The trick is to combine substance with showmanship
As Hillary Clinton prepares for the first Democratic debate on Tuesday, she should consult one of America’s most experienced presidential debaters: her husband.
More actor than orator, Bill Clinton was not the most eloquent debater. And his wife is the great family phrase-maker, having popularized iconic clichés, including “the vast right-wing conspiracy,” “3 A.M.” gut checks and the “glass ceiling.” Moreover, the most memorable 1992 debate highlights included one unfortunate gesture made by Clinton’s rival, President George H.W. Bush, and one line Bush never even uttered. Still, debates have become modern America’s gladiatorial contests, political death matches wherein simply surviving can be miraculous. And like a rock star whose lyrics are incomprehensible, Clinton’s real power was in his overall performance.
Bill Clinton’s great skill during the 1992 debate—and as president—was combining genuine compassion with a mastery of policy proposals that he believed would heal America. Hillary Clinton lacks her husband’s natural people skills. She held her own during the 2008 debates, appearing smart and informed, but far from natural. She doesn’t seem to love having an audience like her husband does. The contrast between them makes her look even stiffer than she is. Even worse, she is often too cautious to pitch policies passionately, although the latest school violence roused her to endorse gun control eloquently.
For Bill Clinton, his defining 1992 debate moment occurred when President George H.W. Bush glanced at his watch, then stumbled through a question about how “the national debt personally affected” him during the Oct. 15 Town Hall-style debate. Clinton had lobbied hard for such an audience-focused format. Bush fell into Clinton’s trap, failing to discern the meaning behind the question, then sounding like the high-toned WASP he was trying to pretend not to be. He responded: “Are you suggesting that if somebody has means that the national debt doesn’t affect them?” Bush’s bumbling fed a national delusion—still occasionally recycled by reporters—that Bush did not know the cost of a gallon of milk.
This false political memory miscoded a real incident, ascribing a gaffe that happened elsewhere to the overhyped debates. The electronic scanner of a mock supermarket checkout at a technology exhibition “amazed” Bush, even though it was as magical to most Americans by 1992 as a cell phone is today. Both the debate mistake he made and the one he didn’t reinforced Clinton’s critique that Bush was an out-of-touch patrician, ready for forced retirement.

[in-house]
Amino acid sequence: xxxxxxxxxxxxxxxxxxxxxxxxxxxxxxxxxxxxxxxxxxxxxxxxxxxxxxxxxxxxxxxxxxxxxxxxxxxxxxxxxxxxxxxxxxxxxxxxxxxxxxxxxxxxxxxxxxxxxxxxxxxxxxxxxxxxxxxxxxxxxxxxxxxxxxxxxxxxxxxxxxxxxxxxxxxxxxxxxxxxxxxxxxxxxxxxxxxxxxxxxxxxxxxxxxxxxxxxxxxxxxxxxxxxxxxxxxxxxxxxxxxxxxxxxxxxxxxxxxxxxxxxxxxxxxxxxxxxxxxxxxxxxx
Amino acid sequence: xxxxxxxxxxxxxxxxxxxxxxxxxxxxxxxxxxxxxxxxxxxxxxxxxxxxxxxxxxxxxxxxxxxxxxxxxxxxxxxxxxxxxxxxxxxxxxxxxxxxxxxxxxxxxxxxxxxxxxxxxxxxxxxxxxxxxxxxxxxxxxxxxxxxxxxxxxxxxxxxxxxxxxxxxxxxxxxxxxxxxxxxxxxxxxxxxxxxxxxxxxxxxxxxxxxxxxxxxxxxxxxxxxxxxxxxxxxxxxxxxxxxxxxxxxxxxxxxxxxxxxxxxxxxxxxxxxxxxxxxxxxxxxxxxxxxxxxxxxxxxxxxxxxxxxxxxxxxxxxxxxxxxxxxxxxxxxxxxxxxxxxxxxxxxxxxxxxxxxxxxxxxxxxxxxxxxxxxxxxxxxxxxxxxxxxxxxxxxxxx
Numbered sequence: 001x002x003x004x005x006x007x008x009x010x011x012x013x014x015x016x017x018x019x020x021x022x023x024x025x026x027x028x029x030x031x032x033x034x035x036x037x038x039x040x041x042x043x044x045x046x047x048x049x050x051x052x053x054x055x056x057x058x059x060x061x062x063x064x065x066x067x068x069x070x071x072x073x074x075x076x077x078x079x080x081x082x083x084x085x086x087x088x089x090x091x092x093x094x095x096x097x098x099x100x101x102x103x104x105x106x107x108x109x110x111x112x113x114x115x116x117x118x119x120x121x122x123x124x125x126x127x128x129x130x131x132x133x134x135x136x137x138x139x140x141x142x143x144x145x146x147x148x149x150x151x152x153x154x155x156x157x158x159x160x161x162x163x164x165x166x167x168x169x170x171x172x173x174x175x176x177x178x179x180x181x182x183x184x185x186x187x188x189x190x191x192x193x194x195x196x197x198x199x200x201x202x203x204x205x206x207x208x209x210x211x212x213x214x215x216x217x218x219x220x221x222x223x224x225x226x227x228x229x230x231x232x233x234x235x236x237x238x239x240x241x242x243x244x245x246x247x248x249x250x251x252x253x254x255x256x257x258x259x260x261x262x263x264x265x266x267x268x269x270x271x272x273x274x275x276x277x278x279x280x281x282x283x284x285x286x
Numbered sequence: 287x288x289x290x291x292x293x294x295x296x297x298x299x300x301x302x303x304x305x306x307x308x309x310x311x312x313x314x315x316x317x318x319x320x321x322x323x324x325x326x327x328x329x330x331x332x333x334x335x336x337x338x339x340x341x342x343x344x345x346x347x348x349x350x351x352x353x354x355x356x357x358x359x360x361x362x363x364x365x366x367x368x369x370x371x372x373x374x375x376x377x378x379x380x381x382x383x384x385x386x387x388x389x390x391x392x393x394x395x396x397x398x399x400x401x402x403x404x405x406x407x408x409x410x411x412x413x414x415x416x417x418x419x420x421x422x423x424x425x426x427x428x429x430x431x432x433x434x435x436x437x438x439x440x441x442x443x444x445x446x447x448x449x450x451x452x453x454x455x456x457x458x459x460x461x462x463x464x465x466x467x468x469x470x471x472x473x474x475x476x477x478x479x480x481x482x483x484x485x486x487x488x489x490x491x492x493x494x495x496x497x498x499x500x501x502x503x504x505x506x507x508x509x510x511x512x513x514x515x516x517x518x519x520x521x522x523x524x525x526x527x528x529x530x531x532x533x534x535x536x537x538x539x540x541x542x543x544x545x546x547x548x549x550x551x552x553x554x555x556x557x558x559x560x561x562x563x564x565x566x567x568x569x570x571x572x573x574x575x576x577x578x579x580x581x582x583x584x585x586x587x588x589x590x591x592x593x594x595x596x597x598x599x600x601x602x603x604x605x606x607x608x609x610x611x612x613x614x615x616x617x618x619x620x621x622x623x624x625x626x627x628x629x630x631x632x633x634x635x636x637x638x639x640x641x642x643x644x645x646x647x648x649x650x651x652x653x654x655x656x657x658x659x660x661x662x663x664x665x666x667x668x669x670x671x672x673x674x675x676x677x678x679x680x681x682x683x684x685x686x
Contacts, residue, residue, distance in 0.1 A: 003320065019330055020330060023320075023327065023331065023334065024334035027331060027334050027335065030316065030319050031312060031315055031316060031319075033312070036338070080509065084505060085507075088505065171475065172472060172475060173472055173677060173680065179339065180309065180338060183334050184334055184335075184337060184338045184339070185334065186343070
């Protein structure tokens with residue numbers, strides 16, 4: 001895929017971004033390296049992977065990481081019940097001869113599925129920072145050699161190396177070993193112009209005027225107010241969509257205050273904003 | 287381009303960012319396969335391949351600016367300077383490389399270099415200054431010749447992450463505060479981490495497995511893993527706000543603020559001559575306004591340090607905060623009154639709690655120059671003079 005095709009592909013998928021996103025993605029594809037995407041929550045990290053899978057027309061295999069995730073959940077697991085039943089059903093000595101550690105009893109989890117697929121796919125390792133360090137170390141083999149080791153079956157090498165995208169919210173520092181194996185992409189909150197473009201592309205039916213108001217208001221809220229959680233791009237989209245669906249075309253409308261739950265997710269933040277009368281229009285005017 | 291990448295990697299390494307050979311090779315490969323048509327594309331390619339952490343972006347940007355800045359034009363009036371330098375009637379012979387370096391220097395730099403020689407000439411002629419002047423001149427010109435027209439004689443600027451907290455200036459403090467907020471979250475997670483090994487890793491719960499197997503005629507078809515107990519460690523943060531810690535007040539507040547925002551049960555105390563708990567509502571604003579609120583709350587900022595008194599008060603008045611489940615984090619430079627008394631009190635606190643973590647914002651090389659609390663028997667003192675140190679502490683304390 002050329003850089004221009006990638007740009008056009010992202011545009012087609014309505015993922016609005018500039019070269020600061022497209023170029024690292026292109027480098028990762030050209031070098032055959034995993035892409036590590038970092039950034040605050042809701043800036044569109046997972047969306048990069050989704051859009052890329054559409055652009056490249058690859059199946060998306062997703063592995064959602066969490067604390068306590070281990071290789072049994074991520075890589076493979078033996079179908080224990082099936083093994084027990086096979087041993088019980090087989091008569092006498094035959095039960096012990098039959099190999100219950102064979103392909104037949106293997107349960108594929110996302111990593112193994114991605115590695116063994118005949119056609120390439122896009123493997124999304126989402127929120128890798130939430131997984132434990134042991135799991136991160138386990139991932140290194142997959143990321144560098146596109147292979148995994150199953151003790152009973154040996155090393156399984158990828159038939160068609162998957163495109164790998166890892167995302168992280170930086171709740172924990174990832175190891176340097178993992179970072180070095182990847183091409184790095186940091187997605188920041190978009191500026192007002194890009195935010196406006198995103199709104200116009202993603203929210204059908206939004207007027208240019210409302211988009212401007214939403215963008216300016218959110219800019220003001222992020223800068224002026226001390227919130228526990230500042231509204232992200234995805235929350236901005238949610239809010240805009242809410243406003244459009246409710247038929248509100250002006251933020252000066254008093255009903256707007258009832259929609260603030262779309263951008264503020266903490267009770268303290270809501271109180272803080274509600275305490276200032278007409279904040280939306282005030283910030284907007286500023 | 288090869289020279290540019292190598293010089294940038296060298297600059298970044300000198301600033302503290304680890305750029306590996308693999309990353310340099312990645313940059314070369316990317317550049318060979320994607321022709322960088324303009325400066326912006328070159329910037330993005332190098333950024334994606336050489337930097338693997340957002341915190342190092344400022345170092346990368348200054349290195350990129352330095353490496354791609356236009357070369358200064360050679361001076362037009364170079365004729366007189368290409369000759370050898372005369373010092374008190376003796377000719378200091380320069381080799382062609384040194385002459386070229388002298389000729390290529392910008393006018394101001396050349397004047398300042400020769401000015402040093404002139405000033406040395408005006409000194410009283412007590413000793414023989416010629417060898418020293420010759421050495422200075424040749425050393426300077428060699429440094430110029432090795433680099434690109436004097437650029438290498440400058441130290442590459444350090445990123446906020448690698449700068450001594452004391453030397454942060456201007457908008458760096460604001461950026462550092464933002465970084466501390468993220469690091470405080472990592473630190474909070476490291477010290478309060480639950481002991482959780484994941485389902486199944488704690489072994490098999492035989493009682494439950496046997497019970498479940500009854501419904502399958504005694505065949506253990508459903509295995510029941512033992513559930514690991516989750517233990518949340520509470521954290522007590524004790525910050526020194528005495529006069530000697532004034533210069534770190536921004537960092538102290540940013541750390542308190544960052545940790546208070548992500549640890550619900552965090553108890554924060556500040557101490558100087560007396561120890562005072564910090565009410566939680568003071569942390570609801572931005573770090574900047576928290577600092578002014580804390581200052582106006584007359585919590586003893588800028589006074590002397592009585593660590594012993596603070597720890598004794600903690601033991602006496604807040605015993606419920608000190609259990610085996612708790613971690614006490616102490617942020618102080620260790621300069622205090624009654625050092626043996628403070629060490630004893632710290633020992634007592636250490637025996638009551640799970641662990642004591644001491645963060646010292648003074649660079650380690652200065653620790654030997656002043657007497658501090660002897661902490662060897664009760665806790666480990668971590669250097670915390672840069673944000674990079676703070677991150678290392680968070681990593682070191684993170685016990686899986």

Bill Clinton exploited Bush’s stumble subtly, then—Hillary take note!—telegraphed caring, concern and commitment. A political maestro, Clinton knew how to connect emotionally with suffering voters. The young, charismatic Arkansas governor approached the questioner who had asked the debt question and said: “Tell me how it’s affected you again,” as if he were auditioning to be America’s therapist-in-chief.
The woman hesitated, so Clinton filled in the blanks, asking (not telling): “You know people who’ve lost their jobs and lost their homes?” He then plunged into his usual “Arkansas governor as mayor, friend and savior” speech, emphasizing that as governor of a small state, he knew people who were suffering, he was alleviating that suffering, and he had the right formula for ending our national suffering.
Clinton also offered an artful dodge that night, which might help Hillary with the email server headache. Refusing to attack Bush personally, Clinton said: “I’m not interested in his character. I want to change the character of the presidency.”
For Tuesday’s debate, Bill should coach Hill to keep smiling, keep caring, and keep thinking during the debate, without getting distracted by the three-ring journalistic circus. She should not let Bernie Sanders annoy her or yank her too far left. Given her latest late night talk show outings—drinking on Jimmy Fallon and playing a bartender on Saturday Night Live—she may be tempted to keep trying these folksy, woman-of-the-people gestures. But debates require what we thought of in the 1990s as a Clintonesque mix of substance and showmanship.
Hillary Clinton needs to show the American people that she loves politics, that she loves people, and that there is nowhere else she would rather be that night than in the arena—with a glint in her eye, a smile on her face, and the kind of digestible, understandable, and practical solutions to America’s problems that Bill Clinton pitched and personified so expertly.